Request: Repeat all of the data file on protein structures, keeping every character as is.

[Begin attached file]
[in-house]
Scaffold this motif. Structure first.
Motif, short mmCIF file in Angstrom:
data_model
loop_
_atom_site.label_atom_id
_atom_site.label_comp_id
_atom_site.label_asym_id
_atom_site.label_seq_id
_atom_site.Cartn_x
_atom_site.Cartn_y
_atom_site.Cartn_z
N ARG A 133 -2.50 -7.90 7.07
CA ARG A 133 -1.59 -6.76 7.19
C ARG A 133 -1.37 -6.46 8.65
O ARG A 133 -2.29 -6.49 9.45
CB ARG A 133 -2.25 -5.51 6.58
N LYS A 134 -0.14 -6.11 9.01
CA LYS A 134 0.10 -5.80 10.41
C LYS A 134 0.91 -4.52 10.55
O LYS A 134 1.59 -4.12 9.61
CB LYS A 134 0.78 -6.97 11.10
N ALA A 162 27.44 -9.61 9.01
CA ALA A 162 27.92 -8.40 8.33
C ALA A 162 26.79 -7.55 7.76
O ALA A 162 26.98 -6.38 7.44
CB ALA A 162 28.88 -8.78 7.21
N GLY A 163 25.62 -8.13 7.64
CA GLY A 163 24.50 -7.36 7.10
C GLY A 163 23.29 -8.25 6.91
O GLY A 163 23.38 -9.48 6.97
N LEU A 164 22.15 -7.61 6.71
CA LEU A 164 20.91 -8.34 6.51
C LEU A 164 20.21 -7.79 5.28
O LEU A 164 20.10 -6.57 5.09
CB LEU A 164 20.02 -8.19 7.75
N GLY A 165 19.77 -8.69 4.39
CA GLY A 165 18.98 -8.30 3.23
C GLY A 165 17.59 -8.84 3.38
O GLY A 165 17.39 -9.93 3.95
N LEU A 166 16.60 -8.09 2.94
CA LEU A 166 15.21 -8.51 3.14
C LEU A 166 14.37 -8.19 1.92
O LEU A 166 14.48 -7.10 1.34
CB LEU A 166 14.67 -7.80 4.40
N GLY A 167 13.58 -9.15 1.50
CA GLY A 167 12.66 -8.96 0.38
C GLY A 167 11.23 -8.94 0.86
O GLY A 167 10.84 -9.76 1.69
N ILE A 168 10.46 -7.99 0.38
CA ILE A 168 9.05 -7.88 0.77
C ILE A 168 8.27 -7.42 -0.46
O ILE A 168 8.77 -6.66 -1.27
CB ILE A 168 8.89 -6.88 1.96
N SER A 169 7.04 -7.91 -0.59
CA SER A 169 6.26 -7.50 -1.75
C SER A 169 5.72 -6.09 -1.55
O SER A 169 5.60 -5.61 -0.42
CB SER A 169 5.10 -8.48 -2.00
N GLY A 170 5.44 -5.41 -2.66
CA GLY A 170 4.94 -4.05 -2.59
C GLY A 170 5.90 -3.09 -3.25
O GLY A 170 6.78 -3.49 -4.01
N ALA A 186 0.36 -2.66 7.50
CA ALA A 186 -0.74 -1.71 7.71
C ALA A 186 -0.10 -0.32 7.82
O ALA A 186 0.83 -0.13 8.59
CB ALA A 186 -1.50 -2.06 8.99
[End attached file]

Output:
[in-house]
Scaffold this motif. Structure first.
Motif, short mmCIF file in Angstrom:
data_model
loop_
_atom_site.label_atom_id
_atom_site.label_comp_id
_atom_site.label_asym_id
_atom_site.label_seq_id
_atom_site.Cartn_x
_atom_site.Cartn_y
_atom_site.Cartn_z
N ARG A 133 -2.50 -7.90 7.07
CA ARG A 133 -1.59 -6.76 7.19
C ARG A 133 -1.37 -6.46 8.65
O ARG A 133 -2.29 -6.49 9.45
CB ARG A 133 -2.25 -5.51 6.58
N LYS A 134 -0.14 -6.11 9.01
CA LYS A 134 0.10 -5.80 10.41
C LYS A 134 0.91 -4.52 10.55
O LYS A 134 1.59 -4.12 9.61
CB LYS A 134 0.78 -6.97 11.10
N ALA A 162 27.44 -9.61 9.01
CA ALA A 162 27.92 -8.40 8.33
C ALA A 162 26.79 -7.55 7.76
O ALA A 162 26.98 -6.38 7.44
CB ALA A 162 28.88 -8.78 7.21
N GLY A 163 25.62 -8.13 7.64
CA GLY A 163 24.50 -7.36 7.10
C GLY A 163 23.29 -8.25 6.91
O GLY A 163 23.38 -9.48 6.97
N LEU A 164 22.15 -7.61 6.71
CA LEU A 164 20.91 -8.34 6.51
C LEU A 164 20.21 -7.79 5.28
O LEU A 164 20.10 -6.57 5.09
CB LEU A 164 20.02 -8.19 7.75
N GLY A 165 19.77 -8.69 4.39
CA GLY A 165 18.98 -8.30 3.23
C GLY A 165 17.59 -8.84 3.38
O GLY A 165 17.39 -9.93 3.95
N LEU A 166 16.60 -8.09 2.94
CA LEU A 166 15.21 -8.51 3.14
C LEU A 166 14.37 -8.19 1.92
O LEU A 166 14.48 -7.10 1.34
CB LEU A 166 14.67 -7.80 4.40
N GLY A 167 13.58 -9.15 1.50
CA GLY A 167 12.66 -8.96 0.38
C GLY A 167 11.23 -8.94 0.86
O GLY A 167 10.84 -9.76 1.69
N ILE A 168 10.46 -7.99 0.38
CA ILE A 168 9.05 -7.88 0.77
C ILE A 168 8.27 -7.42 -0.46
O ILE A 168 8.77 -6.66 -1.27
CB ILE A 168 8.89 -6.88 1.96
N SER A 169 7.04 -7.91 -0.59
CA SER A 169 6.26 -7.50 -1.75
C SER A 169 5.72 -6.09 -1.55
O SER A 169 5.60 -5.61 -0.42
CB SER A 169 5.10 -8.48 -2.00
N GLY A 170 5.44 -5.41 -2.66
CA GLY A 170 4.94 -4.05 -2.59
C GLY A 170 5.90 -3.09 -3.25
O GLY A 170 6.78 -3.49 -4.01
N ALA A 186 0.36 -2.66 7.50
CA ALA A 186 -0.74 -1.71 7.71
C ALA A 186 -0.10 -0.32 7.82
O ALA A 186 0.83 -0.13 8.59
CB ALA A 186 -1.50 -2.06 8.99